For polyester polyols, they can be based on polyester glycols, such as poly(ethylene adipate), poly(ethylene/propylene adipate), poly(ethylene glutarate), and poly(ethylene pimelate). Polyester glycols suitable for the preparation of polyurethanes can be made by several alternate routes, such as: condensation of a dicarboxylic acid with an excess of a diol, transesterification of a dicarboxylic acid ester of a lower alcohol with a diol, or reaction of dicarboxylic acid dichloride with diol, optionally in the presence of a proton acceptor. Aliphatic dicarboxylic acids and alkanediols are preferred because of the desirable physical properties of the final products. However, aromatic dicarboxylic acids, such as terephthalic acid, and dihydric phenols, such as hydroquinone or resorcinol, also can be used in the preparation of polyester glycols suitable for making polyurethane prepolymers. Generally, the above described polyester glycols should have a molecular weight of 400-7000, a molecular weight of 750-3000, being preferred.
Because of their greater reactivity, aromatic diisocyanates are preferred but aliphatic or araliphatic diisocyanates also can be used. Representative isocyanates include toluene-2,4-diisocyanate, toluene-2,6-diisocyanate, benzene-1,3-diisocyanate, naphthalene-1,5-diisocyanate, methylenebis(4-phenylisocyanate), 4,4'-biphenylenediisocyanate, hexamethylenediisocyanate, 1,4-cyclohexanediisocyanate, and methylenebis(4-cyclohexaneisocyanate) and the other isocyanates mentioned above. Mixtures of two or more diisocyanates may be employed. The addition of minor amounts of aliphatic or cycloaliphatic diisocyanates to prepolymers based on aromatic diisocyanates is useful for increasing the hardness of cured products without decreasing the pot life.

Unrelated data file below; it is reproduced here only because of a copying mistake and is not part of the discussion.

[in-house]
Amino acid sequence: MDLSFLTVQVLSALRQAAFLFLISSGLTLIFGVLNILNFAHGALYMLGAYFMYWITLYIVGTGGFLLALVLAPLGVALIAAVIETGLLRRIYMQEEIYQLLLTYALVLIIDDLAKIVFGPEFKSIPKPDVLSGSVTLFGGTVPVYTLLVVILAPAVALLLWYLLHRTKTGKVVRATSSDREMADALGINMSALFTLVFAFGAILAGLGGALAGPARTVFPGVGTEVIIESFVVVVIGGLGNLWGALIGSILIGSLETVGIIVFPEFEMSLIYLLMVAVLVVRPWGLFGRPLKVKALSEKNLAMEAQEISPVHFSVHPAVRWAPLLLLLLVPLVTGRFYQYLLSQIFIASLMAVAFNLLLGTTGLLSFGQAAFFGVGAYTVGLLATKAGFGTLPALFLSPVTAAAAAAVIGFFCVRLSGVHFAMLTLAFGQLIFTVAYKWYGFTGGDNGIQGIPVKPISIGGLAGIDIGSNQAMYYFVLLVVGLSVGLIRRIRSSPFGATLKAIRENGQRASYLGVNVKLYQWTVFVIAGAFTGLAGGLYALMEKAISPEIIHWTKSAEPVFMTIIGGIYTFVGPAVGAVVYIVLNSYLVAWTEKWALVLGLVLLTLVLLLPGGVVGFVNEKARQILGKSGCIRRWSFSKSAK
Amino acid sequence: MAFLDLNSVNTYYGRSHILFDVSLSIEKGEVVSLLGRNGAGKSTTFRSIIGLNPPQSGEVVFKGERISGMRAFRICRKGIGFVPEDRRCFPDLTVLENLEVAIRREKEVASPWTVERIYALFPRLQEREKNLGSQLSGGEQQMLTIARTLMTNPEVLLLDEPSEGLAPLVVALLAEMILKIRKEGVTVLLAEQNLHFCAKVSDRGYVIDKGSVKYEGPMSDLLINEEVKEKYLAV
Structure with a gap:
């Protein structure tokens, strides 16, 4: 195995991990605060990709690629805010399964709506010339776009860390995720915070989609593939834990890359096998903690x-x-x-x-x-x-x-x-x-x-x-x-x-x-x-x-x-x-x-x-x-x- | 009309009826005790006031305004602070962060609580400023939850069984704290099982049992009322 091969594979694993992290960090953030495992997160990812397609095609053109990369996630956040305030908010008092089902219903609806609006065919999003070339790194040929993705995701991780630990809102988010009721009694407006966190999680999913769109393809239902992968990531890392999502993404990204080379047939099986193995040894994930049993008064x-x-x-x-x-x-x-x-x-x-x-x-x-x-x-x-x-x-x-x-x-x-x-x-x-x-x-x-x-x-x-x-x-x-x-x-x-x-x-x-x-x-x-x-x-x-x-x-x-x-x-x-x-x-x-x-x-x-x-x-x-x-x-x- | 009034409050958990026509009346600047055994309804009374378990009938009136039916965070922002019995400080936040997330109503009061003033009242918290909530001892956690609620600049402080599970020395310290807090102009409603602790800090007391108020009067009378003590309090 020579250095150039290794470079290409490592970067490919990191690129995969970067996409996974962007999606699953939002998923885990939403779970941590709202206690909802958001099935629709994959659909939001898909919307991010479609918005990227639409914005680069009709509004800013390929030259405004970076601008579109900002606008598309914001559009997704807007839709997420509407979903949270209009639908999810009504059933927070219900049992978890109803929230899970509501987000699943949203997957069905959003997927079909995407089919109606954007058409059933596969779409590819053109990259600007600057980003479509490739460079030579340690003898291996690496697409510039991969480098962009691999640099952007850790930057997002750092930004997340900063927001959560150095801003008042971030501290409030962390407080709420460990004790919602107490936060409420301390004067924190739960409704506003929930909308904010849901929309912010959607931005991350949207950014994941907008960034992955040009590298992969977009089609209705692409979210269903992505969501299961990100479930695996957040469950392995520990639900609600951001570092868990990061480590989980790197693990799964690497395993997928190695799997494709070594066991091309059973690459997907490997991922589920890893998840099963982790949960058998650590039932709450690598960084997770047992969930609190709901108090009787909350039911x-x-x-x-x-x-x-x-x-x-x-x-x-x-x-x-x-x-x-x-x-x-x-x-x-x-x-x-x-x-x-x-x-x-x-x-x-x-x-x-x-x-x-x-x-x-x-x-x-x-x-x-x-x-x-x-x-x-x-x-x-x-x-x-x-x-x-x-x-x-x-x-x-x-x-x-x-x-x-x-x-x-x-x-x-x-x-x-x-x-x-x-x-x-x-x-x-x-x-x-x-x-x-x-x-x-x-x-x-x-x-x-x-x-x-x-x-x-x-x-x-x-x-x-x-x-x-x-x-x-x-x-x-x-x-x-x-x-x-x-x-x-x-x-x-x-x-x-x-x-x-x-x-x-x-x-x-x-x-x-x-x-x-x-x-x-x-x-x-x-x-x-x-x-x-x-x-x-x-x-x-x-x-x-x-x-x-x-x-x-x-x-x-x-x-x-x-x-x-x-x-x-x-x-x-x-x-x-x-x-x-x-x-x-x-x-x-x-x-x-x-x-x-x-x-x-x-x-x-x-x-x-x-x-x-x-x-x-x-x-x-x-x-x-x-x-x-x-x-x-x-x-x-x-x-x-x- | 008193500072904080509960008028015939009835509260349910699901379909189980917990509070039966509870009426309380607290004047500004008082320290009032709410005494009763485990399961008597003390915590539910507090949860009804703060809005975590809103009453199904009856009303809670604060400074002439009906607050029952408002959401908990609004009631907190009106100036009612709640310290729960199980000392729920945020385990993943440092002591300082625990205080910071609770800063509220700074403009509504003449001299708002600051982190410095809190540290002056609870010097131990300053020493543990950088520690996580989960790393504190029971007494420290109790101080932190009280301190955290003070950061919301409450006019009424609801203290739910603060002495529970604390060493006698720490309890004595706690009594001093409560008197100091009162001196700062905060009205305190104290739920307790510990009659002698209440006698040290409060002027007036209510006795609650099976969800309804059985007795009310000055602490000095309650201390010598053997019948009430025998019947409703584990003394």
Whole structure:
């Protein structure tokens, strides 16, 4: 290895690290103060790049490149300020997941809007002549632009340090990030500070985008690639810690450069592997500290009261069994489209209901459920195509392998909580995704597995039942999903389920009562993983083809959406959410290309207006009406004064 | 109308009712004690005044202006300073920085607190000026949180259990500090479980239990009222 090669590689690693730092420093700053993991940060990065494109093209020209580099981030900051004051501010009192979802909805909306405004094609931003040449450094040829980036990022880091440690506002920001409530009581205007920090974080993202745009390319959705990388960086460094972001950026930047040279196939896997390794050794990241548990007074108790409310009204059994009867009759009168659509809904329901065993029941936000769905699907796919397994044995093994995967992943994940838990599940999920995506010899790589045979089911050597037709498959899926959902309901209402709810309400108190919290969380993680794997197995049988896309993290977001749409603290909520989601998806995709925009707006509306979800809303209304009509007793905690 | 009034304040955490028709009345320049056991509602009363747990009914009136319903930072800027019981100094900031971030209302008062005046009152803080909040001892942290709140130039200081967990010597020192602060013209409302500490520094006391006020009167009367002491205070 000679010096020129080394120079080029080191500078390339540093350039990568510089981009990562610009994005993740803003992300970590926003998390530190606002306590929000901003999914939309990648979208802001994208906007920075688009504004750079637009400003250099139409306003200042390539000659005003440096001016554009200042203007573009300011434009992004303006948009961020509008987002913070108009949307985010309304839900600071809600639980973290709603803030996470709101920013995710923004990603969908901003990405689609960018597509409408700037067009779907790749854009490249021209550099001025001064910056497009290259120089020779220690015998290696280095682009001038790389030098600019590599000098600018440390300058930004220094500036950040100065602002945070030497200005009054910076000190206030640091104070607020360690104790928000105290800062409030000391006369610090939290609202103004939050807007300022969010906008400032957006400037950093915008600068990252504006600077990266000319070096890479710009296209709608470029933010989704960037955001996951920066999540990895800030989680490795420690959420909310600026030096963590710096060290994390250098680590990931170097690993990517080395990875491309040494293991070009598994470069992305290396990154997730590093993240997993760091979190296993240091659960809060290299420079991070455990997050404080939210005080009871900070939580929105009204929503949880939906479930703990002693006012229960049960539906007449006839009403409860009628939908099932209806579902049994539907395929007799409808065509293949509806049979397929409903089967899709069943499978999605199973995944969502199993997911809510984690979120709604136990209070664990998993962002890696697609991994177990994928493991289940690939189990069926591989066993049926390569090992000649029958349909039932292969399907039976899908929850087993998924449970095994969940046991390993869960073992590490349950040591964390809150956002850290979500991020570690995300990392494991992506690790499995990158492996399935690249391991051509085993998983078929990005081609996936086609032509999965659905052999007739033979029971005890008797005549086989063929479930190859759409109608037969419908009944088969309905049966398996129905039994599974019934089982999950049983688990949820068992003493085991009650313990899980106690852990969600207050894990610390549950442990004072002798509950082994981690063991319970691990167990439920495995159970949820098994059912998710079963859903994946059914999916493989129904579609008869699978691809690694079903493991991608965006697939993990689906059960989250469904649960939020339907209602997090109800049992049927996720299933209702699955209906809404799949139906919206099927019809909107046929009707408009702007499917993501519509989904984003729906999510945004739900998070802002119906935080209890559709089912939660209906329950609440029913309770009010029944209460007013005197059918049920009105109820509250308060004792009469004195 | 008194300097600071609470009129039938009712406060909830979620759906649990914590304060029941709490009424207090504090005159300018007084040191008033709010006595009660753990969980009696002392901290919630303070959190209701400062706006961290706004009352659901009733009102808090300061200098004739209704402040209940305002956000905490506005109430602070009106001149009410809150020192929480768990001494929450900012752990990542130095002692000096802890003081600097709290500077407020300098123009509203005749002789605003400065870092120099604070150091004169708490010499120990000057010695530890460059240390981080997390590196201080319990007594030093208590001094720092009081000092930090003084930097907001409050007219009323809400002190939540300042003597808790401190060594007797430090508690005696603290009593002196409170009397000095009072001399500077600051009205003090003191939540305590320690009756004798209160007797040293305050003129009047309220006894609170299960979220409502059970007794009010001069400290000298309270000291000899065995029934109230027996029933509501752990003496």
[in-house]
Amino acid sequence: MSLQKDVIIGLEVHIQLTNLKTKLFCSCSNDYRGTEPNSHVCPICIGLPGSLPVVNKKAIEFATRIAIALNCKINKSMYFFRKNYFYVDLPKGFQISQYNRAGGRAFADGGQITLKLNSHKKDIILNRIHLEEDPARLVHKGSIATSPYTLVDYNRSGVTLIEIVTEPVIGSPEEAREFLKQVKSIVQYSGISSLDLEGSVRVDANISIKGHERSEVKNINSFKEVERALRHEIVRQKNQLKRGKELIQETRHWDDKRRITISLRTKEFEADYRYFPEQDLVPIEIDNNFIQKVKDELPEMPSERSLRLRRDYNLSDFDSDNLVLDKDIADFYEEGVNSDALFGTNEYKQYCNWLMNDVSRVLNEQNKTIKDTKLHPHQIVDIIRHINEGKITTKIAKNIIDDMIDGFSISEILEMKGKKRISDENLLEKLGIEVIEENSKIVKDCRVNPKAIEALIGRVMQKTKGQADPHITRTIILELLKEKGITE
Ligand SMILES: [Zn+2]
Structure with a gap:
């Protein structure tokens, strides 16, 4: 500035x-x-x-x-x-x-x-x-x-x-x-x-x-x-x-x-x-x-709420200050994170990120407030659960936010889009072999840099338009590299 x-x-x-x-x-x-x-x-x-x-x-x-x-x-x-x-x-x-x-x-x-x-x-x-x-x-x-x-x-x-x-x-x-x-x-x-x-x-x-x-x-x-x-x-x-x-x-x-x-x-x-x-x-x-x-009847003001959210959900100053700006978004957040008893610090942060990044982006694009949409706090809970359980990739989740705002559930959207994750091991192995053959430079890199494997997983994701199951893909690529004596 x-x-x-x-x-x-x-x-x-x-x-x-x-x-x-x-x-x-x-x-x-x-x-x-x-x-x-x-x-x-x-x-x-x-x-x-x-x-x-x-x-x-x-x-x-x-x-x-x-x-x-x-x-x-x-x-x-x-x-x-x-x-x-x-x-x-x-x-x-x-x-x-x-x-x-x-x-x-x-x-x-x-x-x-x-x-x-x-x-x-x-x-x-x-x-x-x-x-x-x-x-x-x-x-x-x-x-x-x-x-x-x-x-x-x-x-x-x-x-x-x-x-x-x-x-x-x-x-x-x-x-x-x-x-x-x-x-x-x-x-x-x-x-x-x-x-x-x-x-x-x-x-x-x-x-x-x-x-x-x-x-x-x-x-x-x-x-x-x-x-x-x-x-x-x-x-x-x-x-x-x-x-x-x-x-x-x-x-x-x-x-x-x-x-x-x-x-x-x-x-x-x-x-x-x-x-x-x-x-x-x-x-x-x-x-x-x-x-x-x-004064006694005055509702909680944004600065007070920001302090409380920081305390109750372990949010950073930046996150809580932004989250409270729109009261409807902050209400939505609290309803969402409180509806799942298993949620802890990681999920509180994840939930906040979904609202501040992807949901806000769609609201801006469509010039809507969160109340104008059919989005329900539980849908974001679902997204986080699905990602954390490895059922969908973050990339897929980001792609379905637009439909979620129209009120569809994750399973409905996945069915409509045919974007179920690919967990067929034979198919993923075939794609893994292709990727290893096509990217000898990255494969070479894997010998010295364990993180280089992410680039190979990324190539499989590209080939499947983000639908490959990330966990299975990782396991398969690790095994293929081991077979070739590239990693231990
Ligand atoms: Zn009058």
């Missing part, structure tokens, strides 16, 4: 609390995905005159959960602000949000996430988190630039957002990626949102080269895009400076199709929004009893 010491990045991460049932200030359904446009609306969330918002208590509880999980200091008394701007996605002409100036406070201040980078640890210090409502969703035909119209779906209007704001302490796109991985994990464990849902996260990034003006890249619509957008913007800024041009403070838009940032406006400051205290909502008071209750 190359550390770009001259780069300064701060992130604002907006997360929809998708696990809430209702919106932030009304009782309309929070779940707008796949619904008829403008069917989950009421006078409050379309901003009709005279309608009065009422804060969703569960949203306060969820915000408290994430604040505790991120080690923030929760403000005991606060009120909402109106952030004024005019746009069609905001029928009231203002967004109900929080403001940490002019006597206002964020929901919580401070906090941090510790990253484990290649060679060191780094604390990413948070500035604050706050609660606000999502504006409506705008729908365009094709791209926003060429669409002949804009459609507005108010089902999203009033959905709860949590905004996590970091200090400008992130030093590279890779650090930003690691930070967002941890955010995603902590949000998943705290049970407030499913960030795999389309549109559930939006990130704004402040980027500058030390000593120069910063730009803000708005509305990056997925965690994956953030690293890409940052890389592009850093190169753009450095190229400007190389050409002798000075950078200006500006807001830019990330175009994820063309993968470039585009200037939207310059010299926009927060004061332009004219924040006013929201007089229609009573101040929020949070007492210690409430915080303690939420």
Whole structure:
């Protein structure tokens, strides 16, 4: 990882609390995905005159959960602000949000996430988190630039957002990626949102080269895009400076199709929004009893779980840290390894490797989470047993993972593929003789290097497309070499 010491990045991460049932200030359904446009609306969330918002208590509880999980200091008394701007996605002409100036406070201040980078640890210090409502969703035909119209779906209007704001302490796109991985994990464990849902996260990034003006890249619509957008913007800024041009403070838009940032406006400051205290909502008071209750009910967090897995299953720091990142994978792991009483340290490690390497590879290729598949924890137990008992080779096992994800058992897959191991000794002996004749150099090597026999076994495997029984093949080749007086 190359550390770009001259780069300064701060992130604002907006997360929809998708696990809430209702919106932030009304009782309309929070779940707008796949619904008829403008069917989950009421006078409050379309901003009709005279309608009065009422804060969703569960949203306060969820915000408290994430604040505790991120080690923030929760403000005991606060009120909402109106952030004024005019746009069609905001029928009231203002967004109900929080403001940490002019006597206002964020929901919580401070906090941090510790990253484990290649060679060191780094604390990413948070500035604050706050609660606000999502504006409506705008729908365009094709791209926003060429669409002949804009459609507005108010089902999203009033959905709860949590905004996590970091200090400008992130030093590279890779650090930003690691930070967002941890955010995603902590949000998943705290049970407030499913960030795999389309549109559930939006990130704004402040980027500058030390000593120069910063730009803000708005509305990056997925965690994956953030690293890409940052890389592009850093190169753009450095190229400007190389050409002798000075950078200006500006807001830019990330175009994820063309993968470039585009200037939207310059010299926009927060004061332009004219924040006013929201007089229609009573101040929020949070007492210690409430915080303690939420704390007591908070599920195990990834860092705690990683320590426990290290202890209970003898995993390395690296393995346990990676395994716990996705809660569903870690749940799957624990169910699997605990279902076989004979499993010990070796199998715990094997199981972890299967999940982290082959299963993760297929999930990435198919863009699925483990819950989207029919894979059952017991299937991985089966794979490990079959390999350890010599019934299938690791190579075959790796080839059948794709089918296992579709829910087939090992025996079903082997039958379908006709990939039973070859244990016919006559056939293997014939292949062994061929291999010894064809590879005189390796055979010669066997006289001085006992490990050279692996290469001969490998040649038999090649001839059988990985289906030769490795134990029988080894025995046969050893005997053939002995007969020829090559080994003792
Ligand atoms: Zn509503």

In order to carry out the process of preparing a cast elastomer according to this invention, a reaction product comprising free isocyanate groups is made by reacting a diol, of the type described above, or a mixture thereof, with a stoichiometric excess of diisocyanate component. In some instances, a large excess can be added to the reaction zone and subsequently some of the excess removed by a distillation or flash under reduced pressure. Alternatively, the desired excess can be added to the reaction zone. In either mode, the initial process step yields a pre-product which has not yet been extended by the chain extender(s) provided by this invention.